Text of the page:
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Massage Research: Massage Therapy is Effective for Pain Relief

Comparing Acupuncture, Therapeutic Massage, & Self-Care Education for Chronic Low Back Pain

Therapeutic massage was effective for persistent low back pain, apparently providing long-lasting benefits. Traditional Chinese Medical acupuncture was relatively ineffective. Massage might be an effective alternative to conventional medical care for persistent back pain.

Archives of Internal Medicine

Complementary & Alternative Medical Therapies for Chronic Low Back Pain

Although participants in this study reported more knowledge of and experience with chiropractic, they were more enthusiastic about massage.

A recent survey of 46,000 Consumer Reports subscribers found that among those who had experienced back pain, the relatively few who had tried deep tissue massage rated it more favorably than those who had tried medications or physical therapy.

The relative popularity of massage may result from the more positive experiences of those who have tried it compared with chiropractic or acupuncture, and higher expectations that massage would be helpful for their current pain.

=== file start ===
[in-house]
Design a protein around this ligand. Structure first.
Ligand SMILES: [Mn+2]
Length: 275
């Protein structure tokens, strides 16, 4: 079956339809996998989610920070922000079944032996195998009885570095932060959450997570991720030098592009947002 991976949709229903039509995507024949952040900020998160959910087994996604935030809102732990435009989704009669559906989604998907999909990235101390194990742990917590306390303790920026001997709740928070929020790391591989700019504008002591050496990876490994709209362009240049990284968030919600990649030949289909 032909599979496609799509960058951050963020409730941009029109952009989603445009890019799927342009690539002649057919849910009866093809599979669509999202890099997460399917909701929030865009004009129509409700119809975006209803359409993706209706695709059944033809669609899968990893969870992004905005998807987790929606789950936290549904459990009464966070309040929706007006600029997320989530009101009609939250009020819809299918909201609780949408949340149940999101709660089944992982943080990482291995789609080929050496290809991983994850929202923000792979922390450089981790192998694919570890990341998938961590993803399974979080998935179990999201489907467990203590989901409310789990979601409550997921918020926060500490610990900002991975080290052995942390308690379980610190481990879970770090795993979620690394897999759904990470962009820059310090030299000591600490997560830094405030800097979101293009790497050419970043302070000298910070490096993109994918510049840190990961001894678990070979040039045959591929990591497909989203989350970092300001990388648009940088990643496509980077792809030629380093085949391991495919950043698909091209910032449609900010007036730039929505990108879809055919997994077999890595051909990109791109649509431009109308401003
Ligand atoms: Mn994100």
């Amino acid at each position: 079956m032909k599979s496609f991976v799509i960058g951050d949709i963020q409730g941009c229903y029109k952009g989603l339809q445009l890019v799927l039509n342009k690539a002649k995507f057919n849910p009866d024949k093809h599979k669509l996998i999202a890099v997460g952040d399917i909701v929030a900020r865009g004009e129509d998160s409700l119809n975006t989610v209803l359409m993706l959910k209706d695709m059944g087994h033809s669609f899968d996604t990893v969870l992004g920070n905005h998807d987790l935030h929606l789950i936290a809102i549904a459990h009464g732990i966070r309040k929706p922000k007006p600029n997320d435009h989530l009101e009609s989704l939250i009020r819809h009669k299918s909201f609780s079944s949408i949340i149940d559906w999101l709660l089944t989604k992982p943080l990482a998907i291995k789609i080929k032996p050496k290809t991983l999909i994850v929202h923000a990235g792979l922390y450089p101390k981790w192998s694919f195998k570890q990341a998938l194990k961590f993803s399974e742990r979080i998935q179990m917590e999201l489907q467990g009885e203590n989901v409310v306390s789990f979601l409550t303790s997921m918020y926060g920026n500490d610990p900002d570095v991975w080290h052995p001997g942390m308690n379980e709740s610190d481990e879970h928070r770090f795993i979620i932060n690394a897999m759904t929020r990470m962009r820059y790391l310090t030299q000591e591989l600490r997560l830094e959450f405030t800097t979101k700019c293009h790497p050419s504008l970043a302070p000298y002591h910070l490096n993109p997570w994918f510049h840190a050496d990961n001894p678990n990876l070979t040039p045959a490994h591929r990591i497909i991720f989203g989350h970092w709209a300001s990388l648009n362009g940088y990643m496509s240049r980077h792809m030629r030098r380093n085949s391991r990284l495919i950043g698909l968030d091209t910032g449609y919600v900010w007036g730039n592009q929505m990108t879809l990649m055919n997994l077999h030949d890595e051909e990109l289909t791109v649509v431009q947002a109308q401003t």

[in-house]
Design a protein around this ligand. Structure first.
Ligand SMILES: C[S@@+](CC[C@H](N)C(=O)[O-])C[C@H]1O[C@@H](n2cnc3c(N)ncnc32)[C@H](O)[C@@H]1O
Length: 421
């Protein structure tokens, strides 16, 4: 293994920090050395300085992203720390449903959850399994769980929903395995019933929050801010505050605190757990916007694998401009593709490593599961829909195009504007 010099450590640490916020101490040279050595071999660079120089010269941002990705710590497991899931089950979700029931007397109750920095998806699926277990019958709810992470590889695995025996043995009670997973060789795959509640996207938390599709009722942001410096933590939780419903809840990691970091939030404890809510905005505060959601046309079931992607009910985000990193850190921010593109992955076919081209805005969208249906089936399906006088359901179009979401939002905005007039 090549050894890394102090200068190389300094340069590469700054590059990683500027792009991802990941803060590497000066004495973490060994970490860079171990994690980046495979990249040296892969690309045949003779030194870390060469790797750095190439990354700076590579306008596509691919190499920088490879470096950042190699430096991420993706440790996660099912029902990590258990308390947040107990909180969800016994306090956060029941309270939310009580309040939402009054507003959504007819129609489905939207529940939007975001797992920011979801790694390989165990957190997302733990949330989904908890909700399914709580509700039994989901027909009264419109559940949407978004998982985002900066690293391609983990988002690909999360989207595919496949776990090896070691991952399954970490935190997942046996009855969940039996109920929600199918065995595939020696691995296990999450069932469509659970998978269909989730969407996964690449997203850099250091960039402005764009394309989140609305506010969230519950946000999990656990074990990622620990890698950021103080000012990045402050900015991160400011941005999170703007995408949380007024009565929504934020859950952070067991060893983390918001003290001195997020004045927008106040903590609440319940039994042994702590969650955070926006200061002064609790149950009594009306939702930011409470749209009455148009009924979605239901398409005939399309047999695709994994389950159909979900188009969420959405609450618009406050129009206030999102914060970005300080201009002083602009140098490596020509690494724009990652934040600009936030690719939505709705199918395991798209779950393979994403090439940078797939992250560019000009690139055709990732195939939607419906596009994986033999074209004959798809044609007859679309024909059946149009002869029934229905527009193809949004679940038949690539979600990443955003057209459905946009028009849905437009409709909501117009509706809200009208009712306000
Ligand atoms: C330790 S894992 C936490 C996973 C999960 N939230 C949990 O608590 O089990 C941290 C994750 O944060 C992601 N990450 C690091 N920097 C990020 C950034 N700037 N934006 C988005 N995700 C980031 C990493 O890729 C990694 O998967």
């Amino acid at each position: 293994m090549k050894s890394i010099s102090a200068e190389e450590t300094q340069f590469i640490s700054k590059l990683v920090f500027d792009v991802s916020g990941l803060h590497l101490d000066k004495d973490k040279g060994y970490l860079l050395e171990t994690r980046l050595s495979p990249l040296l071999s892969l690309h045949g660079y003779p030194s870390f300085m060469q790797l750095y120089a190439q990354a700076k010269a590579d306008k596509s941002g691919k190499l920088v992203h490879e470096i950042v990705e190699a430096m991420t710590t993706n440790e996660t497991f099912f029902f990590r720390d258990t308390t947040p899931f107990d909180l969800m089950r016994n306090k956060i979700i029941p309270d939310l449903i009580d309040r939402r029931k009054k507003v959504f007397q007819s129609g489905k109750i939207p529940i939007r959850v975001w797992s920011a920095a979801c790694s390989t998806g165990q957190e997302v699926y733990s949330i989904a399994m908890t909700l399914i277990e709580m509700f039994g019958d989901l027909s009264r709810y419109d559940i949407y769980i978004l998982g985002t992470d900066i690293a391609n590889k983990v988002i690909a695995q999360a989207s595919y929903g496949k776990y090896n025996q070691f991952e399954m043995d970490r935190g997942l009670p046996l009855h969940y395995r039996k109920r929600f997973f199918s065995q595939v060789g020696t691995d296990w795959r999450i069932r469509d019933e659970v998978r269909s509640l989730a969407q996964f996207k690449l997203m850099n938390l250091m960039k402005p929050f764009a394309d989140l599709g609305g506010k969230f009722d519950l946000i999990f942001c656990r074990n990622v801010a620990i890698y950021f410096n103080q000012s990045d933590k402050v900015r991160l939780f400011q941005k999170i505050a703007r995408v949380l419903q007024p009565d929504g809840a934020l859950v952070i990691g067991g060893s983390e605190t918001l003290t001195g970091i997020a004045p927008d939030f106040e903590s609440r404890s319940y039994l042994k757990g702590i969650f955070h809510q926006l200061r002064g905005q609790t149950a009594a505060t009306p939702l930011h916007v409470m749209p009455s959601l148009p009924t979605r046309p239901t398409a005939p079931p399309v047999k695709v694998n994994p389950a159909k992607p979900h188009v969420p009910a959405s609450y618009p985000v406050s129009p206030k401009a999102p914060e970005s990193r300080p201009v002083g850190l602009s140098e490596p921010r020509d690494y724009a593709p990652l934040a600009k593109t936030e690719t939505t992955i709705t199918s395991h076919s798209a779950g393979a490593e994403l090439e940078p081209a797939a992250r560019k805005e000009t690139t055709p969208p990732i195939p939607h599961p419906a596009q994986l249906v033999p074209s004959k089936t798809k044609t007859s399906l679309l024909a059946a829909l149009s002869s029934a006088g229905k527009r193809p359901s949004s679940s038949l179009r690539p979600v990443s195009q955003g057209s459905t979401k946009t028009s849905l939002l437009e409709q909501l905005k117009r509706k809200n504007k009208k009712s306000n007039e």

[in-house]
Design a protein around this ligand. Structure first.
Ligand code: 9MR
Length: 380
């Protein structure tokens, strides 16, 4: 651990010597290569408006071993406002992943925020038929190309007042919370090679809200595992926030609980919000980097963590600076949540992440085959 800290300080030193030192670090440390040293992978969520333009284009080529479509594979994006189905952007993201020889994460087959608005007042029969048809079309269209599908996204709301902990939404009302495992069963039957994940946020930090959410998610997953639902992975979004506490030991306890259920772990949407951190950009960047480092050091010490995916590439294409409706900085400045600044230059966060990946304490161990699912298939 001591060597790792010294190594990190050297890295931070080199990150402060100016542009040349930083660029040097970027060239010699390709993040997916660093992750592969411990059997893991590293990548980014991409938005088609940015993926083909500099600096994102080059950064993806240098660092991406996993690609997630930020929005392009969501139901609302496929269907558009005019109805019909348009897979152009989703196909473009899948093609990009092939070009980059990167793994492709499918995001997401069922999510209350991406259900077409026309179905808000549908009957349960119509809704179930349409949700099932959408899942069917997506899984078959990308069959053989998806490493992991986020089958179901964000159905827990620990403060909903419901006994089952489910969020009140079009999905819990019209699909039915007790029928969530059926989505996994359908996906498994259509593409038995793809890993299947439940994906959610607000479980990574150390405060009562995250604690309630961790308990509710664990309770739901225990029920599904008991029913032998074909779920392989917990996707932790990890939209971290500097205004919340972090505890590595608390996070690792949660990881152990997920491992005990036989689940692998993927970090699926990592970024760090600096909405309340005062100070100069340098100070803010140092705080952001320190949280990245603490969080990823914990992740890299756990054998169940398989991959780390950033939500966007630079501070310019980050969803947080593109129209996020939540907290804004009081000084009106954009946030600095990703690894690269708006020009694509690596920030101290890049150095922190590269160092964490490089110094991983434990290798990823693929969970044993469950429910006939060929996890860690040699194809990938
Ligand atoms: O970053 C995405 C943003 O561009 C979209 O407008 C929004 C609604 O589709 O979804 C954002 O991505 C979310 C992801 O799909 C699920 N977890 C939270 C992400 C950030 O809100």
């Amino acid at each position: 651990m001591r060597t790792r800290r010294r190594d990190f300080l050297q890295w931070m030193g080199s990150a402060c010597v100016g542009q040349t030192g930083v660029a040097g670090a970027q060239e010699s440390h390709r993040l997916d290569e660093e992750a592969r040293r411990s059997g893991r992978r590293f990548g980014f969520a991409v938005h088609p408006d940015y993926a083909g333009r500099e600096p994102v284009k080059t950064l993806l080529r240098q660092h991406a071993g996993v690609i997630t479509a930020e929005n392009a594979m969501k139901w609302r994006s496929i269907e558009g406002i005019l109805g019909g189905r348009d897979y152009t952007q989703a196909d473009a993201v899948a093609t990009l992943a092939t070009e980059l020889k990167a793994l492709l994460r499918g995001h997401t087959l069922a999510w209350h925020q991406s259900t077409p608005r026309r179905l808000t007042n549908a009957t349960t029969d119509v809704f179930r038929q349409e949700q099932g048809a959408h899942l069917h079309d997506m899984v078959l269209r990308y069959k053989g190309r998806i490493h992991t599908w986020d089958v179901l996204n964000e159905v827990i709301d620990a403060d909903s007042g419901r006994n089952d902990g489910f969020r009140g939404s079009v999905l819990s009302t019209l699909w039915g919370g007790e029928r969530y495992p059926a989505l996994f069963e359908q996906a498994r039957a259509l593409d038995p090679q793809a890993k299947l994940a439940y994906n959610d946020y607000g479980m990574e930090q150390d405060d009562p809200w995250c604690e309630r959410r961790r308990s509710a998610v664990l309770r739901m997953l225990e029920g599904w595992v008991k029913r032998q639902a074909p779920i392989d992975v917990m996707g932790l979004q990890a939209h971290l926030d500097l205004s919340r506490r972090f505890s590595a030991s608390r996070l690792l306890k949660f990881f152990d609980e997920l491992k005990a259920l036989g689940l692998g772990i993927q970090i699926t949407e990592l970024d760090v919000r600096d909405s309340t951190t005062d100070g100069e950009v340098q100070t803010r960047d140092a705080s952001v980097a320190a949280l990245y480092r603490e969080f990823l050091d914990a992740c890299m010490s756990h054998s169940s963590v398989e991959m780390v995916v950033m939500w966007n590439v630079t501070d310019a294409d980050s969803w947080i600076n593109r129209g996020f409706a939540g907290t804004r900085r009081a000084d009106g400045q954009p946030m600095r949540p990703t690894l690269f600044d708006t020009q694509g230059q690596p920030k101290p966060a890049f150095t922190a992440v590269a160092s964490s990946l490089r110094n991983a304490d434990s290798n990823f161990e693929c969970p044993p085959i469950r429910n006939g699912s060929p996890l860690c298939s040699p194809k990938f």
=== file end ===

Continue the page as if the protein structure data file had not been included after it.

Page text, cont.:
Moreover, chiropractic users were more likely to report treatment related harm or pain than were users of massage.

BioMed Central Complementary & Alternative Medicine

Effectiveness of Massage Therapy for Subacute Low-Back Pain

Patients with subacute low-back pain were shown to benefit from massage therapy...delivered by experienced massage therapists.

Canadian Medical Association Journal

Effectiveness, Safety, & Cost of Acupuncture, Massage Therapy, & Spinal Manipulation for Back Pain

Preliminary evidence suggests that massage, but not acupuncture or spinal manipulation, may reduce the costs of care after an initial course of therapy.

Annals of Internal Medicine

Efficacy of Massage Therapy in Chronic Pain

Pain improved significantly in both groups*, but only in the massage group was it still significantly improved at follow-up. Depression and anxiety were improved significantly by both treatments, yet only in the massage group maintained at follow-up.